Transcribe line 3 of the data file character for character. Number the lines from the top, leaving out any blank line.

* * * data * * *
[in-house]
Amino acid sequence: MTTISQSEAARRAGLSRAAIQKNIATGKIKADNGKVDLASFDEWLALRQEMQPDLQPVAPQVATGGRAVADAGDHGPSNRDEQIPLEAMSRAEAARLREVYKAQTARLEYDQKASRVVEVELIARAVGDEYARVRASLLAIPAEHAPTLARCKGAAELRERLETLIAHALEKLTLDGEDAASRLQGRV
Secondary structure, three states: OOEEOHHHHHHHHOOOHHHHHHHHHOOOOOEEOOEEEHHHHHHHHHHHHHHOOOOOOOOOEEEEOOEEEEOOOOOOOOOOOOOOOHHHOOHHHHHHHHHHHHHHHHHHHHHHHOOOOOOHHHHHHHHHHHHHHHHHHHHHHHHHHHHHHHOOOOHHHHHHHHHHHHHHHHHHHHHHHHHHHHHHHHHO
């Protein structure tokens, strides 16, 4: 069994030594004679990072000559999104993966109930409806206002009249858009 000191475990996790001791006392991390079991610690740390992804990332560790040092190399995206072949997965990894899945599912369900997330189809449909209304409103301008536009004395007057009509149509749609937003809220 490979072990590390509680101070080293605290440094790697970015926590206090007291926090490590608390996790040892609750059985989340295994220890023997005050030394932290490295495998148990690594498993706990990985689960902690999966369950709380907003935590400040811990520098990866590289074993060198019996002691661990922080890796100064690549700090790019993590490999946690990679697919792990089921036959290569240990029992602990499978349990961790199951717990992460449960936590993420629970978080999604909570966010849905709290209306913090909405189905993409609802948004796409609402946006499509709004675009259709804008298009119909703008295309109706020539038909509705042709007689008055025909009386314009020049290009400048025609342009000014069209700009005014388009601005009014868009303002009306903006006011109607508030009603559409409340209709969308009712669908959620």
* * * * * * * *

Secondary structure, three states: OOEEOHHHHHHHHOOOHHHHHHHHHOOOOOEEOOEEEHHHHHHHHHHHHHHOOOOOOOOOEEEEOOEEEEOOOOOOOOOOOOOOOHHHOOHHHHHHHHHHHHHHHHHHHHHHHOOOOOOHHHHHHHHHHHHHHHHHHHHHHHHHHHHHHHOOOOHHHHHHHHHHHHHHHHHHHHHHHHHHHHHHHHHO